Three members of the clergy who warrant particular attention are:
Nathaniel Harris who caused such upset during the election of 1624 – see here for more information:
Uvedale Lambert’s book has some incredibly detailed research on the churchwarden accounts which have been in continuous use since 1673.
He also has background information on a number of the Bletchingley rectors.
Not the Robert Clayton memorial which has aroused controversy since it was put in place – partly because of the size of the sculpture, partly the self aggrandisement it portrays but much more recently because of the role Robert Clayton had in the East India Company and its role in the slave trade.
There really is an elephant in the room –near the organ in a small niche on the wall north of the Clayton memorial.
At first, it is hard to see why a memorial should be in Bletchingley to Sir William Bensley and his wife, Dame Mary Bensley. He too was a Director of the East India Company but his family came from Norfolk – nothing to do with Bletchingley.
He died in 1809, when this memorial was made by John Bacon RA.
However, Dame Mary was the sister of Joseph Seymour Briscoe who for a time owned Pendell House. The Briscoe family hailed from Derbyshire; Joseph moved to Bletchingley in 1798 but it is not known whether sister Mary ever actually lived in the parish (the small plaque on the memorial only shows she was “of this parish”). Joseph died in 1835, five years after Mary. She is buried in London where she lived most of her life.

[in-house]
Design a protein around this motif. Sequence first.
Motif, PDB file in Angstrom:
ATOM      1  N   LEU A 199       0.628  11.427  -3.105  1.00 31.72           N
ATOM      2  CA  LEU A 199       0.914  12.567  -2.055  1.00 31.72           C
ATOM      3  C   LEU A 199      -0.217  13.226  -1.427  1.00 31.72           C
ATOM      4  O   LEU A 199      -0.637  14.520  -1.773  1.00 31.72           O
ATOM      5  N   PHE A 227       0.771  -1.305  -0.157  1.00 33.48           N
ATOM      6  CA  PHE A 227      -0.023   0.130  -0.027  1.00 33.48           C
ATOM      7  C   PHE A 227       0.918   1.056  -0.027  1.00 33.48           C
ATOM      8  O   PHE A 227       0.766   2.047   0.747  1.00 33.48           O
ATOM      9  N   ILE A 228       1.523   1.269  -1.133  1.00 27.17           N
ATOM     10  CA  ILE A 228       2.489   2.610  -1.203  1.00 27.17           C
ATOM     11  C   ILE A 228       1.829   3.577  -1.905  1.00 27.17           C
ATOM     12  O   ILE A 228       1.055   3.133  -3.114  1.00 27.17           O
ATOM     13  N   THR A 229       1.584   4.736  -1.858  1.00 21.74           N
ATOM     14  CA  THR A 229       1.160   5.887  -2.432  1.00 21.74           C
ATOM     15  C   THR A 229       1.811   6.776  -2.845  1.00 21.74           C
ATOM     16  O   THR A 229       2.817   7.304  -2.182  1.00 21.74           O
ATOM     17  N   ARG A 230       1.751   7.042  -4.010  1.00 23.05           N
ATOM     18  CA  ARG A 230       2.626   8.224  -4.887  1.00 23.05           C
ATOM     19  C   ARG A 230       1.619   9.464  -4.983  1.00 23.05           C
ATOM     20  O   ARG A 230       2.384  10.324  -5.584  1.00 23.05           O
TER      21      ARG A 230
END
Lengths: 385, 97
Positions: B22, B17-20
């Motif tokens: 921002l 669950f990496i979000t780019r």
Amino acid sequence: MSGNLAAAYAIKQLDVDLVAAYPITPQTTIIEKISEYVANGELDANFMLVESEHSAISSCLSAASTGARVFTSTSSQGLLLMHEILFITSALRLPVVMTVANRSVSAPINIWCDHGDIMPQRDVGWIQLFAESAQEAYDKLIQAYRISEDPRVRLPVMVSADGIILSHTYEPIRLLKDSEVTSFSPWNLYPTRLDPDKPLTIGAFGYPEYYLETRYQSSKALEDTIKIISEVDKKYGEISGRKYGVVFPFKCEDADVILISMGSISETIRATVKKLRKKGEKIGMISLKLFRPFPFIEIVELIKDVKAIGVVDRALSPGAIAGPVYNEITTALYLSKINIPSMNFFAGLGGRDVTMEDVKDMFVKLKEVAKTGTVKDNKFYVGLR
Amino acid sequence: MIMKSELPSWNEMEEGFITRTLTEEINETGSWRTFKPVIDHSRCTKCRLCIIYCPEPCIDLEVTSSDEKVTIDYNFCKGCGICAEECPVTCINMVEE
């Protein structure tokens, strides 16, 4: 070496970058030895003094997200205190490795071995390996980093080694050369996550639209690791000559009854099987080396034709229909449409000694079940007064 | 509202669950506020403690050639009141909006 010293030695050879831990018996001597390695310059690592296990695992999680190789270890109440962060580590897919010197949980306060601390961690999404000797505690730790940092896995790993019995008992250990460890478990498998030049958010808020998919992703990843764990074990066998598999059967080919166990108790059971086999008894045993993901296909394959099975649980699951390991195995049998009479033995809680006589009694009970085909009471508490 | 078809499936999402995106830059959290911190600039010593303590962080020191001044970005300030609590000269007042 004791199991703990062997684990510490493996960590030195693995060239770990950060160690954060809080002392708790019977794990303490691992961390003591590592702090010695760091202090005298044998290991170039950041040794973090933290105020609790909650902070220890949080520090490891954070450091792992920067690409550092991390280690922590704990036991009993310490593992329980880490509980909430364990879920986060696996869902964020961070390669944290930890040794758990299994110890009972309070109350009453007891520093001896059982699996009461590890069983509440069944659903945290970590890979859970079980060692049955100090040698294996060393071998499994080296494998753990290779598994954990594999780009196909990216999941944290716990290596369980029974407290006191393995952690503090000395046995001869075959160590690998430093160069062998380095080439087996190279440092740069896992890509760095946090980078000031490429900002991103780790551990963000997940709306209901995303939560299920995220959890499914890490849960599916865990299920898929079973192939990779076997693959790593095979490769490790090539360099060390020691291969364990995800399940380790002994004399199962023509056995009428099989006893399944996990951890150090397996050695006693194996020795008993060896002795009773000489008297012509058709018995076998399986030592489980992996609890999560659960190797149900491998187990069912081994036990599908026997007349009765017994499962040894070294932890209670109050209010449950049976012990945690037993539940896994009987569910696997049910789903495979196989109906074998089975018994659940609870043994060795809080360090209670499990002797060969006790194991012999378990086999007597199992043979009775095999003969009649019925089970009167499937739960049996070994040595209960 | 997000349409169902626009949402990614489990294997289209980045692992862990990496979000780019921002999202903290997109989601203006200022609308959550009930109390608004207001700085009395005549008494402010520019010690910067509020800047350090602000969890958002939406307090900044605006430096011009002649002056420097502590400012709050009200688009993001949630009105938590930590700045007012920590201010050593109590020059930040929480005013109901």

The elephant is quite an attractive animal and was placed there to help characterise “India” (he has little ears). The ship was probably to denote Bensley’s time in the Navy (and the sailing ship, the Sir William Bensley) but the major reference to the East India Company (and its self-proclaimed benevolence to the sub-continent) is of course the weeping Indian woman mourning the loss of one of the company’s directors. Some may dispute this view of history.
The Elephant in the Room....
Under the Revd Brownrigg's tenure (1960 -74) at St Mary's there was greater collaboration with other Christian ministries. For many years the Roman Catholics had a Mass in St Mary's Church at 9am every Sunday. The frequency reduced to once a month when there were fewer clergy available, and then had to stop altogether.